NVIDIA Jetson AGX Xavier Developer Kit (32GB) price & review


What is NVIDIA Jetson AGX Xavier Developer Kit (32GB) price and who should buy this? The Jetson Xavier Developer Kit with Jetson Xavier module and reference carrier board is the fastest way to start prototyping with robots, drones and other autonomous machines. It’s also supported by the NVIDIA Deep Stream SDK, which delivers a complete toolkit for real-time situational awareness through intelligent video analytics (IVA)and NVIDIA Isaac SDK, which delivers a software toolkit for robot development. These helps boost performance and accelerate software development, while reducing development cost and effort. 

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What specs you are getting at NVIDIA Jetson AGX Xavier Developer Kit (32GB) price?


  • Storage 32GB eMMC 5.1
  • DL Accelerator (2x) NVDLA Engines
  • GPU 512-core Volta GPU with Tensor Cores
  • CPU 8-core ARM v8.2 64-bit CPU, 8MB L2 + 4MB L3
  • Memory 32GB 256-Bit LPDDR4x | 137GB/s
  • Size 105 mm x 105 mm x 65 mm
  • Deployment Module (Jetson AGX Xavier)
  • Vision Accelerator 7-way VLIW Vision Processor
  • Encoder/Decoder (2x) 4Kp60 | HEVC/(2x) 4Kp60 | 12-Bit Support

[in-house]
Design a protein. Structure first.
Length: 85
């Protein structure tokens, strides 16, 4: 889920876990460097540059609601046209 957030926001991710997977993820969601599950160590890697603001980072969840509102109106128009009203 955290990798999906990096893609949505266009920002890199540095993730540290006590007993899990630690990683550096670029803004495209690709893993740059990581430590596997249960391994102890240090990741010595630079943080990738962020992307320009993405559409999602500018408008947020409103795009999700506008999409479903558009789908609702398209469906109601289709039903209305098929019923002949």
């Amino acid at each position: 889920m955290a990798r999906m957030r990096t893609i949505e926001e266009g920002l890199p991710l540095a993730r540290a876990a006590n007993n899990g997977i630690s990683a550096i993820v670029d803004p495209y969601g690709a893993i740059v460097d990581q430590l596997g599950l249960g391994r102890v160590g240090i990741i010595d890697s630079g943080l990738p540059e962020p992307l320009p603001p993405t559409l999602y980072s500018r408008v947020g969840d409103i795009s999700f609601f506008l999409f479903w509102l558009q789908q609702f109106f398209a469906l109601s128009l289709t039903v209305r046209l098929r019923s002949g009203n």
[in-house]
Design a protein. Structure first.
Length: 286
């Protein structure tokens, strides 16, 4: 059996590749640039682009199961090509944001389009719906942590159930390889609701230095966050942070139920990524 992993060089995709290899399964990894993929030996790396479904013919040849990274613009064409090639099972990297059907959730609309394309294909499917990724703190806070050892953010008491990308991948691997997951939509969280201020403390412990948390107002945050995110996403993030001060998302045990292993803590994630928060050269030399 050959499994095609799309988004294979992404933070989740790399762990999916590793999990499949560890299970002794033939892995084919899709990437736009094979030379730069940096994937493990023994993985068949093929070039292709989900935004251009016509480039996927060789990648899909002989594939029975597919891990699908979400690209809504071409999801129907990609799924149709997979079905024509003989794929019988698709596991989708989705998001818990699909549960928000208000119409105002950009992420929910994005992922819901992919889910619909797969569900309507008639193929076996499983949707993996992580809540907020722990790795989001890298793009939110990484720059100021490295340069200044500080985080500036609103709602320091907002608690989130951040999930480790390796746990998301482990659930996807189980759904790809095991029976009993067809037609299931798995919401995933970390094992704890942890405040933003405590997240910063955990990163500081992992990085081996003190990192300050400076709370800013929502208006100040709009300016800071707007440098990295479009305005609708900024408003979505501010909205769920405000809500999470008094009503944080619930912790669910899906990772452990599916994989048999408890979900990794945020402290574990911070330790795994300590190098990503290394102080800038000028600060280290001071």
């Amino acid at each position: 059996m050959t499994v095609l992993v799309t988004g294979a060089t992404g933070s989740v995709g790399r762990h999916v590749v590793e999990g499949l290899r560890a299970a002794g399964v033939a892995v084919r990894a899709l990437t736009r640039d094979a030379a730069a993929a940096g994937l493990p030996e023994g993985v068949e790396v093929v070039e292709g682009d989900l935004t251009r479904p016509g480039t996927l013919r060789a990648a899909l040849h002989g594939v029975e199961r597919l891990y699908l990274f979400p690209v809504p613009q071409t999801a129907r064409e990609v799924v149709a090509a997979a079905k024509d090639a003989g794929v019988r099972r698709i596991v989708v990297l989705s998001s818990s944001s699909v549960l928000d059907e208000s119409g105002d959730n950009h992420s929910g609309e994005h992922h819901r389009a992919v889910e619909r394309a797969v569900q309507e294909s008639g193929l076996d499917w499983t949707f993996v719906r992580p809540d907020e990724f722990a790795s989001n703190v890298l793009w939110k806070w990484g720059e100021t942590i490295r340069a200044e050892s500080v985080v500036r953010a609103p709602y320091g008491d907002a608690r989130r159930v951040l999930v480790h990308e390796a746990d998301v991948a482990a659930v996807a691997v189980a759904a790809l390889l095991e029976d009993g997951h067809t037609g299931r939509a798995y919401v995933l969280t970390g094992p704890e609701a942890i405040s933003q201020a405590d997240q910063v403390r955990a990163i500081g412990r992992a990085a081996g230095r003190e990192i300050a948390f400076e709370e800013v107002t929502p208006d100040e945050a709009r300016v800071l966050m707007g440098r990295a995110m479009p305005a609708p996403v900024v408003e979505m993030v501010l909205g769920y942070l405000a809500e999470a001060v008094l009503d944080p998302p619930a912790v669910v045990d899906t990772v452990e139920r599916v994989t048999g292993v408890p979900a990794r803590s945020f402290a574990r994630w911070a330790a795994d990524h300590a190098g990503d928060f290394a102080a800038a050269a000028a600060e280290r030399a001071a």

• M.2 Key M NVMe
  • M.2 Key E PCIe x1 + USB 2.0 + UART (for Wi-Fi/LTE) / I2S / PCM
  • 40-Pin Header UART + SPI + CAN + I2C + I2S + DMIC + GPIOs
  • Developer Kit I/Os Jetson AGX Xavier Module Interface
  • USB-C 2x USB 3.1, DP (Optional), PD (Optional) Close-System Debug and Flashing Support on 1 Port
  • Camera Connector (16x) CSI-2 Lanes
  • PCIe X16 x8 PCIe Gen4/x8 SLVS-EC
  • RJ45 Gigabit Ethernet
  • HD Audio Header High-Definition Audio
  • eSATAp + USB3.0 Type A SATA Through PCIe x1 Bridge (PD + Data for 2.5-inch SATA) + USB 3.0
  • HDMI Type A HDMI 2.0
  • uSD/UFS Card Socket SD/UFS

NVIDIA Jetson AGX Xavier Developer Kit (32GB) price

The immense power packed in the Jetson AGX Xavier does mark a steep price increase at $2500 USD for the entire developer kit or currently the NVIDIA Developer Program offers the developer kit at $1,299 USD. The new AGX Xavier module is $1,399 or $1,099 in quantities of 1k+ units.

The previous-generation Jetson TX2 is still available at around $550 USD with its dual Denver ARMv8 CPU cores and four Cortex-A57 cores paired with a NVIDIA Pascal GPU sporting 256 CUDA cores, 8GB of LPDDR4 memory, and no deep learning accelerators or tensor cores.

Who is this for

Nvidia’s Jetson modules are primarily designed for embedded applications, meaning the SoM will be embedded into a specific product. Anything from robots, drones, machine vision systems, high-resolution sensor arrays, video analytics, and autonomous machines can benefit from the machine learning performance, small form factor, and lower power requirements of the Xavier NX.

NVIDIA Jetson AGX Xavier Developer Kit (32GB) review


The development board adds HDMI, DisplayPort, Gigabit Ethernet, 4x USB 3.1 ports, Wi-Fi, Bluetooth, 2x camera connectors, 40 GPIO pins, and an M.2 slot for an SSD! Onboard of the SoM you get a hexa-core CPU using Nvidia’s custom Carmel ARM-based cores, a 384-core Volta-based GPU, and 8GB of LPDDR4x RAM @51.2 GB/s.